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Jesse Smith Byers
Jesse Smith Byers

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D3 Building Blocks #2: Using D3 to Style Elements

Using D3 to Style Elements

Now that we can select, add and remove elements from the DOM using D3, we can use additional methods to style those elements. We'll learn how to use the style() and attr() methods in this post.


The style() method allows us to apply inline styling to a selection (or selections) we have made using the select or selectAll methods. This method takes two arguments: We first need to identify the name of the CSS property that we would like to add or change, and then specify the value of the change we are trying to make.

style() Syntax Examples"p")
  .style("color", "red")

// OR //

let p ="p")"color", "green")
// Selects the <p> tag, and sets the text color to red
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In the first example above, we are stringing the style method onto the selection method. Alternatively, we can save the selection to a variable, and call the style method on that variable, like the second example.

With either approach, we can add multiple styles to the same selection, as shown below.

  .style("color", "blue")
  .style("font-family", "Times New Roman")
  .style("font-size", "30px")
  .style("text-align", "center")
// Selects all of the <h1> elements, and sets the font to red, Times New Roman, 30px, and centers the text.
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Beyond styling text, we can use the style() method to add styling to other elements such as shapes, lines, and areas. For example:"span")
  .style("background-color", "yellow")
// selects the <span> element and applies a background color of yellow

  .style("fill", "purple")
//selects all of the circles and applies a purple fill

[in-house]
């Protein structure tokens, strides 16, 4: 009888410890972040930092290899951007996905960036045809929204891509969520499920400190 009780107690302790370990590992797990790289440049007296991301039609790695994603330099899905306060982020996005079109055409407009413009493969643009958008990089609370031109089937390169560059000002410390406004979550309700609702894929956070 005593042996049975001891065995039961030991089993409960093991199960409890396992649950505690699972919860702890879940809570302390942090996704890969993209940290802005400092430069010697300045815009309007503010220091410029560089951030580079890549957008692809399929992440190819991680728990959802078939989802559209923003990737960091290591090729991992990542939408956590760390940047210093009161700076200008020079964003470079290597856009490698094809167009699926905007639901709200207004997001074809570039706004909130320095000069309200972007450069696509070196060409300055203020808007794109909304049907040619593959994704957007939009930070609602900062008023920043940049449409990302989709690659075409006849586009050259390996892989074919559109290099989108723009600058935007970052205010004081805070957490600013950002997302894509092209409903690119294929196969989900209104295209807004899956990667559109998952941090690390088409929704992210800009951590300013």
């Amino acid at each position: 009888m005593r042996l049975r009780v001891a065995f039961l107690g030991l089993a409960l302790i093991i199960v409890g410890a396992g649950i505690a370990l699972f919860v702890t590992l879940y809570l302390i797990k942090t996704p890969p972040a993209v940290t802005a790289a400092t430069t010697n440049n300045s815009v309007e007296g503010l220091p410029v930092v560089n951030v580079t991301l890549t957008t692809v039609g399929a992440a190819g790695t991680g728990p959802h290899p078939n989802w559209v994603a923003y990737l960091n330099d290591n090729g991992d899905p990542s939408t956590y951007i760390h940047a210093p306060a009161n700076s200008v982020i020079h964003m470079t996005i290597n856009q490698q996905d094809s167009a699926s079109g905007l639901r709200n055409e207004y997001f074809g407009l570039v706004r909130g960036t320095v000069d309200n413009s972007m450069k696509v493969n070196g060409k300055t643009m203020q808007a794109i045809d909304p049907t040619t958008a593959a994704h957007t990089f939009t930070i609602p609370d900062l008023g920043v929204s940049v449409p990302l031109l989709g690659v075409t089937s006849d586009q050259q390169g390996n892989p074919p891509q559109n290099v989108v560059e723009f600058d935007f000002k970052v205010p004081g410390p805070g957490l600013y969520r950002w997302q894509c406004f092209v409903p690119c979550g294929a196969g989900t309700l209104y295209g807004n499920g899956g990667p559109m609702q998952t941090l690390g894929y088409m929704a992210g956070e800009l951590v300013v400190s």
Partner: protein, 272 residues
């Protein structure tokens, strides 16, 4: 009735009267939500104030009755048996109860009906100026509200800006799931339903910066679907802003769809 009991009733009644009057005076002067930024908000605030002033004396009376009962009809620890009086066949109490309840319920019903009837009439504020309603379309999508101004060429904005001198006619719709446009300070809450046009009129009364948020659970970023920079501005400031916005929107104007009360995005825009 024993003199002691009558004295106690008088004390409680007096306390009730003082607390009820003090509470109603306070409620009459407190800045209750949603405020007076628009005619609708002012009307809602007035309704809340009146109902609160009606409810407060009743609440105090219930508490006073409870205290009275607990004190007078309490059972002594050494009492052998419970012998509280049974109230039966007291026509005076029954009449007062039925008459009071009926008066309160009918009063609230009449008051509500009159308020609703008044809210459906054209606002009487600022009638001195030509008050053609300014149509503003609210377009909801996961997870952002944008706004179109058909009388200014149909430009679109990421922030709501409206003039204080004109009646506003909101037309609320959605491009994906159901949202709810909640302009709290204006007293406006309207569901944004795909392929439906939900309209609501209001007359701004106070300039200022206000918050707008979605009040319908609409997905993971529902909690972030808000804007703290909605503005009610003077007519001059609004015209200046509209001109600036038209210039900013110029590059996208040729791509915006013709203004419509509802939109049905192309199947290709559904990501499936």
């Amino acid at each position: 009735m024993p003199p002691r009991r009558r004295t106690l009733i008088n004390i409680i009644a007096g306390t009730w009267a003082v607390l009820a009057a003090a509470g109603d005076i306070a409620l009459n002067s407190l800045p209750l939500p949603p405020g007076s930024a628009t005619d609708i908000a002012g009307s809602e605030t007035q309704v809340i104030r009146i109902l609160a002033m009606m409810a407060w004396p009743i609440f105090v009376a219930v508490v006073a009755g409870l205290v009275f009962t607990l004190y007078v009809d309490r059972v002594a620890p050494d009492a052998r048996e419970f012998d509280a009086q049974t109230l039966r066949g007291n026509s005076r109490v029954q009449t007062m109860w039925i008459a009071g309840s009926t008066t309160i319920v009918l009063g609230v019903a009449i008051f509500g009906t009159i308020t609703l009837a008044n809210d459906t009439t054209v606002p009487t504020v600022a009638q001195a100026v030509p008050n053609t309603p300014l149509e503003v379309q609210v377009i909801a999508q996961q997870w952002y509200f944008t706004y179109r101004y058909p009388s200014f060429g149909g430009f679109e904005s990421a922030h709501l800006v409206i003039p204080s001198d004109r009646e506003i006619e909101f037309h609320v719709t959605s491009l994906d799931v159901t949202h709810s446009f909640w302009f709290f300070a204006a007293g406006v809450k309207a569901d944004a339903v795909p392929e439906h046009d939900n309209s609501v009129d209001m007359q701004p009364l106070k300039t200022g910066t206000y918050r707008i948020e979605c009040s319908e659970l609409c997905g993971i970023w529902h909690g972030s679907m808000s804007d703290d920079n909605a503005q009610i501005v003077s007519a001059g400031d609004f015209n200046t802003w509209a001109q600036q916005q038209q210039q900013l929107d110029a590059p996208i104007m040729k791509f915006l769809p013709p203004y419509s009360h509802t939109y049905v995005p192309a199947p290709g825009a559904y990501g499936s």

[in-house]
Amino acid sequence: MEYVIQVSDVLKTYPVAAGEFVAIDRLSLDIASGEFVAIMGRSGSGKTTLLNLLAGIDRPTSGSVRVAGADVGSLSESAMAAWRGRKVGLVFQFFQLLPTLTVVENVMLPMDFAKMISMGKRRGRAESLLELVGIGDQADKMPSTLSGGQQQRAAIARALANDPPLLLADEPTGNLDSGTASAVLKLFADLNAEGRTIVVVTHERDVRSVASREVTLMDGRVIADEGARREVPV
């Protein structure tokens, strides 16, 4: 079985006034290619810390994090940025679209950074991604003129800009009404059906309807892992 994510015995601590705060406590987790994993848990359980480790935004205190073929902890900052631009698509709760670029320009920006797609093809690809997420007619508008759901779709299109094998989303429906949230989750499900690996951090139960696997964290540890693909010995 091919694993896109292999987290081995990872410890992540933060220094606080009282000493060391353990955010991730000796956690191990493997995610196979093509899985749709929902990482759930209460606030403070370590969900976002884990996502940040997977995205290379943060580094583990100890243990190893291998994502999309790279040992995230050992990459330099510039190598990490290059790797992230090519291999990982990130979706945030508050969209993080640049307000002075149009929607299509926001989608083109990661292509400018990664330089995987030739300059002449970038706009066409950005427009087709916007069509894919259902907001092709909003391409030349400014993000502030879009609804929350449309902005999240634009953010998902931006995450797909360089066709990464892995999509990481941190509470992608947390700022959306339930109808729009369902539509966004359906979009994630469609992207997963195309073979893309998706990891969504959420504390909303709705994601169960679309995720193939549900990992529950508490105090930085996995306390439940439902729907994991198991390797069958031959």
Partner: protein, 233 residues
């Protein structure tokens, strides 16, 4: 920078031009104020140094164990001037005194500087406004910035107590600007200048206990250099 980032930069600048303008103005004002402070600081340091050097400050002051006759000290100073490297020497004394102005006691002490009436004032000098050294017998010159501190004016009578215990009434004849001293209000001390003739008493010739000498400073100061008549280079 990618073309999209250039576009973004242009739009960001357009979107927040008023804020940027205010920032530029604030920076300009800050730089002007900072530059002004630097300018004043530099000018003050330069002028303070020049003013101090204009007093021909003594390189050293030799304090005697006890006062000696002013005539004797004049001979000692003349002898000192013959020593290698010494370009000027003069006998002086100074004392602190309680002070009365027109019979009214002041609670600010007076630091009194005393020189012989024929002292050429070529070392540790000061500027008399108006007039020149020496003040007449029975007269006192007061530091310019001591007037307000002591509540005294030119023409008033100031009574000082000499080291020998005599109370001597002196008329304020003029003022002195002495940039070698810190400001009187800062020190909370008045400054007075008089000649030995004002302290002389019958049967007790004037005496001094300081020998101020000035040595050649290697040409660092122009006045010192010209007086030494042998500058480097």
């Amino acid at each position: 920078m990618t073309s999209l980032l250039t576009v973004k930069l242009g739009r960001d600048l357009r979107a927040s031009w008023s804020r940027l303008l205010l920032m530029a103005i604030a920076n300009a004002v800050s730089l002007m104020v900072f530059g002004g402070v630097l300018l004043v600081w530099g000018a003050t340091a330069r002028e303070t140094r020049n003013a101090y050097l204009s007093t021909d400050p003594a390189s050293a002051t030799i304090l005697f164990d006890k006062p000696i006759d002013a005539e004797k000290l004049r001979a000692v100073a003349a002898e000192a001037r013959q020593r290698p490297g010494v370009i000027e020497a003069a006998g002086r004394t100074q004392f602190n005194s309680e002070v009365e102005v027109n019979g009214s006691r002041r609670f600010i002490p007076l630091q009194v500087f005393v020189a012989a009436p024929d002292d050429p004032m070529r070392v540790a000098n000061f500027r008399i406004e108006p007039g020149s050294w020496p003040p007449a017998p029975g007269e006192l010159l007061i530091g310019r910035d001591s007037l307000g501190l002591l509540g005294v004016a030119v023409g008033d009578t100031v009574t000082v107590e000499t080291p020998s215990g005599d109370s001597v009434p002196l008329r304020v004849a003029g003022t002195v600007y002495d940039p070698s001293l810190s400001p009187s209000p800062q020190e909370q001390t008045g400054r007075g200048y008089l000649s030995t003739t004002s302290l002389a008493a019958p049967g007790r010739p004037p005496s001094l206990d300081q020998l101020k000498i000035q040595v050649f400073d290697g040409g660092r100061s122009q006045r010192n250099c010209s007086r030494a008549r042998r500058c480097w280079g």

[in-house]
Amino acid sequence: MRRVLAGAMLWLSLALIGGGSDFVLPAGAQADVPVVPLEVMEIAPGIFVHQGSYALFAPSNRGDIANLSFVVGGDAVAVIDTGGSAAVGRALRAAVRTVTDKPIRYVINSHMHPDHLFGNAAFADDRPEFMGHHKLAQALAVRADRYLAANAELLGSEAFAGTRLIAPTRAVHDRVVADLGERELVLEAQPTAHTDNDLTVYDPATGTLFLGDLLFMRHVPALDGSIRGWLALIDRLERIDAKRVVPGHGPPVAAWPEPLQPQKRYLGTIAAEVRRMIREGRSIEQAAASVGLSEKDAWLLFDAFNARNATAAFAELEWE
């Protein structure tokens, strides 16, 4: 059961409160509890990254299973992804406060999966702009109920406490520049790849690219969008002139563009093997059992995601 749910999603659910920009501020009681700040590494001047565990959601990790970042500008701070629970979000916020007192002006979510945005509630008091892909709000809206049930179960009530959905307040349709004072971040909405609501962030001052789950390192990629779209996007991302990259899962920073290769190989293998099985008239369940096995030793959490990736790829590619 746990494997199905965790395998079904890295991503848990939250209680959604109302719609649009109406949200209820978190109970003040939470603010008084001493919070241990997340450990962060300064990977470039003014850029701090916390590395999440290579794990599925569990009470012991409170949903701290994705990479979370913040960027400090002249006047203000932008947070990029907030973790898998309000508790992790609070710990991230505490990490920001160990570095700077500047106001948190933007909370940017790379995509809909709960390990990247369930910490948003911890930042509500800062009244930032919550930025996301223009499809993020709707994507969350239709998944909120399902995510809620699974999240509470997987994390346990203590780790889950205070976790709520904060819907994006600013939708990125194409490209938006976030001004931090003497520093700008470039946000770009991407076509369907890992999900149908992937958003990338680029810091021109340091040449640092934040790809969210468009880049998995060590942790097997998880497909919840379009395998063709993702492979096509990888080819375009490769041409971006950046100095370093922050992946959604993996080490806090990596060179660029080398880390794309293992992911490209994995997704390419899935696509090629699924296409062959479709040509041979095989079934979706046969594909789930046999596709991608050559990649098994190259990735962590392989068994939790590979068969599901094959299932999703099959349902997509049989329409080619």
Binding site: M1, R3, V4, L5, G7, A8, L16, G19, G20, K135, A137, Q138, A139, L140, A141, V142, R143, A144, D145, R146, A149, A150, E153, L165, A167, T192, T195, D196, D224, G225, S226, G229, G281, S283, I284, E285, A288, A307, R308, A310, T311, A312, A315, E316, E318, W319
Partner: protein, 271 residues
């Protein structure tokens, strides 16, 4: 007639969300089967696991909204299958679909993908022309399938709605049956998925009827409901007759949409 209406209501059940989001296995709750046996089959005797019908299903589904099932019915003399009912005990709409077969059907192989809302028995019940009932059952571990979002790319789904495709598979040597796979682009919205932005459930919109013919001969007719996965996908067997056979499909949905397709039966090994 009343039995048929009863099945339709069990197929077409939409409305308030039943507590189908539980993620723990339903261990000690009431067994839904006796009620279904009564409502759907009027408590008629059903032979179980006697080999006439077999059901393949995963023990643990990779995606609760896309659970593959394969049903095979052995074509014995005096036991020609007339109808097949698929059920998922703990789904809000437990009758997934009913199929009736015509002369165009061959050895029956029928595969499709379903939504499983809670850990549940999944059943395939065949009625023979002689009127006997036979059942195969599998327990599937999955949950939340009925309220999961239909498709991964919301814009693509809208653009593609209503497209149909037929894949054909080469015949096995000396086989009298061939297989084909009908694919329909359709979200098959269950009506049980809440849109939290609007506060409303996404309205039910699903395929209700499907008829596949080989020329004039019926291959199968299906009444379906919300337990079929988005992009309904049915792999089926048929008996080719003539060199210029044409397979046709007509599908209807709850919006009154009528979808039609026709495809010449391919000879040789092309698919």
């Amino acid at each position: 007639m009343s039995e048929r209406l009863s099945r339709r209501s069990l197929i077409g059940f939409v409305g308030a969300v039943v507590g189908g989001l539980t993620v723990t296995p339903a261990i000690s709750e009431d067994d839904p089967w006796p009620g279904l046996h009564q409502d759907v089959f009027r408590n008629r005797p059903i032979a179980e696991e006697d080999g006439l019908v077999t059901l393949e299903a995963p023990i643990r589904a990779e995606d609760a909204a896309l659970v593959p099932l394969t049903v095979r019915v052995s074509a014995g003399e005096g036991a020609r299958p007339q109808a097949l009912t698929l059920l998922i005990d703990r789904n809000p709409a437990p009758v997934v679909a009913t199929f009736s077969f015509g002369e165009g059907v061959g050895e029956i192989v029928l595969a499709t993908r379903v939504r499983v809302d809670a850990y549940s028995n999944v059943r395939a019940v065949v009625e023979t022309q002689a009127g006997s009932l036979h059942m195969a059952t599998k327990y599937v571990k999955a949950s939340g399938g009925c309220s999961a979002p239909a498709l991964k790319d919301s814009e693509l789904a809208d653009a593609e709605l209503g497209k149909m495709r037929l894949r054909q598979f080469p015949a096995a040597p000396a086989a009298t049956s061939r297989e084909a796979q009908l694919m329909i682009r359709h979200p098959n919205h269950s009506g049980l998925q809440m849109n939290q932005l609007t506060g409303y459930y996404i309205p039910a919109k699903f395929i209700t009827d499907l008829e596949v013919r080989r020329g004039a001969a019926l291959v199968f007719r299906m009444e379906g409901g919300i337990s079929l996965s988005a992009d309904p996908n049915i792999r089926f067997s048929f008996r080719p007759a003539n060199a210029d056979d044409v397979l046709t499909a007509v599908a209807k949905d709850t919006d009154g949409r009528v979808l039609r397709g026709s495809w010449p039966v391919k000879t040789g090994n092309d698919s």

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Similar to the previous method, the attr() method allows us to apply inline styling to specific attributes. As we start working with data in future posts, we'll be using this method to apply attributes to elements based on the values in our data. For now, we'll get comfortable with the syntax by using attr() to set basic attributes such as class names and id names.

Just as with style(), the attr() method takes in two arguments: the name of the attribute we are trying to set, and the value of that attribute.

attr() Syntax Examples

  .attr("class", "card")
// Selects all of the <div> tags, and gives them each a class of "card""div")
  .attr("id", "root")
// Selects a div, and assigns it the "root" id attribute
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As we will explore in future posts, there are many more attributes we can set using the attr() method once we start working with shapes and data, such as height, width, x and y coordinate locations, and radius size. In addition, we will learn how to use callback functions as our second argument in order to dynamically set attributes based on data values, which eventually allows to build complex visualizations using these D3 fundamental methods.

We are just scratching the surface with these methods! Use the resources below for a refresher on CSS fundamentals and styles that can be applied using D3:

MDN Web Docs:

D3 Documentation:

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